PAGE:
Over the last several years, right-wing groups across the U.S. have descended on school boards, city council meetings and political forums to demand the banning of books in public schools and libraries and the censorship of school curricula. The targets of this repressive campaign are books mostly dealing with the issues of race, gender and sexuality, focused mainly on LGBTQ themes. When it comes to the teaching of U.S. history, many of these same groups demand the censorship of curricula dealing with America’s slave era past, Jim Crow discriminatory laws, contemporary structural racism and inequality.
Pen America’s recent report titled, “Banned in the USA: The Growing Movement to Censor Books in Schools,” documents the more than 1,600 book titles across 32 states that have been banned from public schools during the 2021-2022 school year. At least 17 states have introduced bills containing gag orders or taken other steps that would restrict how teachers can discuss American history and current events, including pulling books off library shelves.
Between The Lines’ Scott Harris spoke with Jonathan Friedman, director of free expression and Education with PEN America. Here, he examines the movement working to impose book bans and censorship across the nation and Pen America’s work opposing this repressive campaign, while upholding the shared value of free speech and the U.S. Constitution’s First Amendment.
JONATHAN FRIEDMAN: Since 2021, I’ve been tracking what I call the rise of educational censorship. And we have to distinguish that from the ways in which we talk about free speech in society, generally, in the arts, even on college campuses. When I talk about educational censorship, I’m talking really about formal acts of government, of state agents, of legislatures, of city councils, of school boards, even in some cases of superintendents, of principals and it’s that that is spreading everywhere.
It started a few years ago with proposals, these new laws that had come influenced by Donald Trump and influenced by a backlash toward the 1619 Project from the New York Times. And it just kind of grew and has become incredibly fluid. You have laws that are being proposed to censor K-12 schools, teachers, libraries and then also higher education college classrooms.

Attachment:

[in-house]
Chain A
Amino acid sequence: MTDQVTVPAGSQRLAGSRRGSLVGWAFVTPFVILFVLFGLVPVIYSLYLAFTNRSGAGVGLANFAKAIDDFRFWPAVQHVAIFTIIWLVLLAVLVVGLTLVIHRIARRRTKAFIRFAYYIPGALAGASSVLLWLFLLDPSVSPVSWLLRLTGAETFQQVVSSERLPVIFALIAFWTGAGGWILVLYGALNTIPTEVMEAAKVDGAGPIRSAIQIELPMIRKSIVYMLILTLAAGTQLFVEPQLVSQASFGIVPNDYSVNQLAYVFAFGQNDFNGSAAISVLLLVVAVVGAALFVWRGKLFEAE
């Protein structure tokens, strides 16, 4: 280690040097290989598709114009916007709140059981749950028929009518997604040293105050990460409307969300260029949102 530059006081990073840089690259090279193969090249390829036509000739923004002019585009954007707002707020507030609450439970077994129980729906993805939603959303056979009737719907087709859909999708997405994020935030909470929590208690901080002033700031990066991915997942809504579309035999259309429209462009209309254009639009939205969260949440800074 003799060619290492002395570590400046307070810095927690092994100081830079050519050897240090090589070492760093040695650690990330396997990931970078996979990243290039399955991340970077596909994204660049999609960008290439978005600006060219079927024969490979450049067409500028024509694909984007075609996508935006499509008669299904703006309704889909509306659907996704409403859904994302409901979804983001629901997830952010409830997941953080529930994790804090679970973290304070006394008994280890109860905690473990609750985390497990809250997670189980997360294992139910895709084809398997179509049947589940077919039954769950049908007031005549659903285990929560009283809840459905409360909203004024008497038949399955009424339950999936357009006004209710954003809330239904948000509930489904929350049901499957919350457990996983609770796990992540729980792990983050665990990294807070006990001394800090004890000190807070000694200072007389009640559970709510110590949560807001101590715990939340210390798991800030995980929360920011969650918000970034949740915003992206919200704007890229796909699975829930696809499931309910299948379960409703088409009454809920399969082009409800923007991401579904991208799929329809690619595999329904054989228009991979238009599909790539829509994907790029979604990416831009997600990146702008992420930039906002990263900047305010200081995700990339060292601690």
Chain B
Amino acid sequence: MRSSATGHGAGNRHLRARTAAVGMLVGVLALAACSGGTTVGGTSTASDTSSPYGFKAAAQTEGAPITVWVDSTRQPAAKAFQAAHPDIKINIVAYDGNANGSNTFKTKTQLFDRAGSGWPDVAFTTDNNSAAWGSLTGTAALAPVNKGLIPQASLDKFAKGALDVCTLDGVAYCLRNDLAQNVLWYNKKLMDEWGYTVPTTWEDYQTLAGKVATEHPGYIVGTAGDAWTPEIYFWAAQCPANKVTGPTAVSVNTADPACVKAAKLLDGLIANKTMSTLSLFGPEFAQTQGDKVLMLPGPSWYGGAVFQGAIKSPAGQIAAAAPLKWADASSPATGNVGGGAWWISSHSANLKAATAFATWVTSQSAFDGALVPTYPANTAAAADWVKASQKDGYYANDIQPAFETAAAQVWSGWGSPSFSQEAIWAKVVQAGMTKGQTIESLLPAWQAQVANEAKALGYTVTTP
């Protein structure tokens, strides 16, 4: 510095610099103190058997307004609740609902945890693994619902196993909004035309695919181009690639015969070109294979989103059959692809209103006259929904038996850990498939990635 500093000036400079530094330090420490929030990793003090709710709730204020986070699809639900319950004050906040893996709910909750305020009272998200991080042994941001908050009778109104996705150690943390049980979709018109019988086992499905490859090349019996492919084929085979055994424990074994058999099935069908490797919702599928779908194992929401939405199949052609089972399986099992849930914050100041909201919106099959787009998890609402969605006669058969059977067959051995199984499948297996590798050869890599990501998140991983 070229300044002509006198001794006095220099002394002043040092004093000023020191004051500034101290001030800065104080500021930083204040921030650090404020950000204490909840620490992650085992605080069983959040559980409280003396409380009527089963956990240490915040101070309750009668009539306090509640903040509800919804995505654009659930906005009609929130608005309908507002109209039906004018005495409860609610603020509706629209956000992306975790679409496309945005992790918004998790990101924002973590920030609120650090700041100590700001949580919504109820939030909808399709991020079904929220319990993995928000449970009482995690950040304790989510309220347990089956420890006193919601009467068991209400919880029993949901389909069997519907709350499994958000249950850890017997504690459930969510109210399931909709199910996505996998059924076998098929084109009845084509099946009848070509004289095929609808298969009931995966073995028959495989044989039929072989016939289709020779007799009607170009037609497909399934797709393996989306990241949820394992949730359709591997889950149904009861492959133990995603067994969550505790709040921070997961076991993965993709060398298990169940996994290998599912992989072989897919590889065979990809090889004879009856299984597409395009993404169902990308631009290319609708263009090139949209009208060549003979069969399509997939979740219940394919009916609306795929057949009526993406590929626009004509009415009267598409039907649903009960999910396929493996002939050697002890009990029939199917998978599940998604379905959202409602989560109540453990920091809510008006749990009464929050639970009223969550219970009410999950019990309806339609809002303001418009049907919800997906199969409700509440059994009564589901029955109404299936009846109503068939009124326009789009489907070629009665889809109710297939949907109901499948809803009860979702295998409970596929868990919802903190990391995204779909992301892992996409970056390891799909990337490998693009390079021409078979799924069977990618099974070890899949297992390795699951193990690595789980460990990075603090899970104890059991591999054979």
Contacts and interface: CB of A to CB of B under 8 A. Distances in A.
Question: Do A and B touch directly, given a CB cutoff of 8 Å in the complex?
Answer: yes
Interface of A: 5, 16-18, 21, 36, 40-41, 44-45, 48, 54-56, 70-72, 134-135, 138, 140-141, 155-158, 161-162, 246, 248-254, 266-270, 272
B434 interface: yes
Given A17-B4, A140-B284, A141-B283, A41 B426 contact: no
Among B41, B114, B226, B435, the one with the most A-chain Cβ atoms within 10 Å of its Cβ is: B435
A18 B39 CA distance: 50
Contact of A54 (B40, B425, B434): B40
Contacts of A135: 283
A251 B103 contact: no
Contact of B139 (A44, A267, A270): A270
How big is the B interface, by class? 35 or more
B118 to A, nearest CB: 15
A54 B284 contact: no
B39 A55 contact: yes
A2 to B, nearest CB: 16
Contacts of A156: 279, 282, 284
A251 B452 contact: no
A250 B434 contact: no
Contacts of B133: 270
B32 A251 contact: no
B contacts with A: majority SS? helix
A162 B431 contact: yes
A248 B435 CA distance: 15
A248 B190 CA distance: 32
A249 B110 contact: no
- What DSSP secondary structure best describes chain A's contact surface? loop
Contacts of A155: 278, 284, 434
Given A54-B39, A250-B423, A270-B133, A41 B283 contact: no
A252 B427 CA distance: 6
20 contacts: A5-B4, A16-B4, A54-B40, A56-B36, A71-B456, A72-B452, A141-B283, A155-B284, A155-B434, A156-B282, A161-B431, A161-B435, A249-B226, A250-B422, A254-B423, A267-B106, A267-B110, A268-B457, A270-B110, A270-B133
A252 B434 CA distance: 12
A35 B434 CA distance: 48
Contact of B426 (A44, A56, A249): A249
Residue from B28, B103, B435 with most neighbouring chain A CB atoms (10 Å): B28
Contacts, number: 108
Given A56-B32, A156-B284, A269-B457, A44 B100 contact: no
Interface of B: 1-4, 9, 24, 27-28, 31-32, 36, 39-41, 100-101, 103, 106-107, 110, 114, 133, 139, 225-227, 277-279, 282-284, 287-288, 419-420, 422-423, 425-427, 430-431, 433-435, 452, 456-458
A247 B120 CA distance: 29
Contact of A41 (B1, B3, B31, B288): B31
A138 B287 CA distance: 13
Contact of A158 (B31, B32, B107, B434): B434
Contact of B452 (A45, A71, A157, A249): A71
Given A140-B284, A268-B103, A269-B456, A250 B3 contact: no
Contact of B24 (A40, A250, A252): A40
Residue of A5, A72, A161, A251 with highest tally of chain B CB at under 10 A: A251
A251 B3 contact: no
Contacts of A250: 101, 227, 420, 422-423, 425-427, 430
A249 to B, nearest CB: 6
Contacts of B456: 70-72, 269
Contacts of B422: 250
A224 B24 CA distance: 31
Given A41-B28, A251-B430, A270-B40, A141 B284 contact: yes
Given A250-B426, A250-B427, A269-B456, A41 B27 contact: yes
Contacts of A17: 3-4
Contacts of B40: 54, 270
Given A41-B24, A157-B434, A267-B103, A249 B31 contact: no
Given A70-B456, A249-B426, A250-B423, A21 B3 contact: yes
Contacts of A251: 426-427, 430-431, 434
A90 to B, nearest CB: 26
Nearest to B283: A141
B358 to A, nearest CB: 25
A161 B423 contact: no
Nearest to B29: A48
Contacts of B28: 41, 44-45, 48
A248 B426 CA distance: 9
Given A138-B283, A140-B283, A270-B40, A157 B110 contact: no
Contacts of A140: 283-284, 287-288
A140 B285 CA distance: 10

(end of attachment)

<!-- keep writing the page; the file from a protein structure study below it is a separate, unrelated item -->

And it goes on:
And, you know, while that, you know, in one stream has been spreading from state to state — some proposals becoming laws, others not. But nonetheless, feeding a kind of mania around this idea, you know, in red states and blue alike. We also saw the rise of book bans. And this is an unprecedented moment.
Never in the history of the United States have there been so many groups organizing. And this is what we mean when we talk about a movement, groups organizing on the ground, collaborating, using social media or in some cases, influencing also government officials to support the censorship of books. And it’s a movement that started in 2021, has just been more and more energy. And as we head into another legislative season and in the middle of another school year, book banning, you know, continues to gain steam.
SCOTT HARRIS: Well, Jonathan, I think it’s true to say that these groups across the country that are moving sometimes successfully to ban books and censor school curricula, they’ve gotten a fair amount of publicity in our corporate media. What’s not getting a lot of publicity — and I’d like you to fill us in on — are the organizations and grassroots clubs and parents groups that are pushing back, that are saying, No, we don’t want censorship in our schools for our children.
What is happening in terms of a pushback? If we only watch the media, it seems that these parents’ groups that want censorship are going into these school board meetings unopposed.
JONATHAN FRIEDMAN: Well, I think it’s very important that we remember that what these groups have done is galvanize citizens and that that is the kind of democratic way of responding to this and what’s necessary now. There are a ton of stories of students coming to school boards, of parents organizing around school board elections. There are national organizations like Pen America and other organizations that we work with in the anti-censorship or other parents’ groups that we’re working with around the country.
And I do think there is a certain amount of momentum behind our efforts. In February, we’re going to be partnering with Brooklyn Public Library to offer a series of workshops for teenagers around the country to learn how to fight book bans, to learn about their rights and how to organize, to stand up to book banning in their communities. And that’s an online free virtual program.
And there’s a lot of new efforts like that that are underway to connect efforts on the ground because there has been some success. And when people get together and raise their voice, that’s where we see success. The first year and a half of book bans in a lot of places —— this happened in the shadows, you know, where school administrators were under pressure from one very loud contingent, even if it was a minority to remove books. And they kind of caved into it, you know, in district after district.
But I do believe that it’s shining a light on what’s been happening and encouraging people to form a kind of countermovement against this has had some success. And I’m hopeful that, you know, unfortunately, as we see more repressive proposals on the table, we might come to see a stronger resolve to stand up against them.
Learn more about groups fighting the GOP culture war’s book banning and censorship campaign by visiting PEN America at pen.org.
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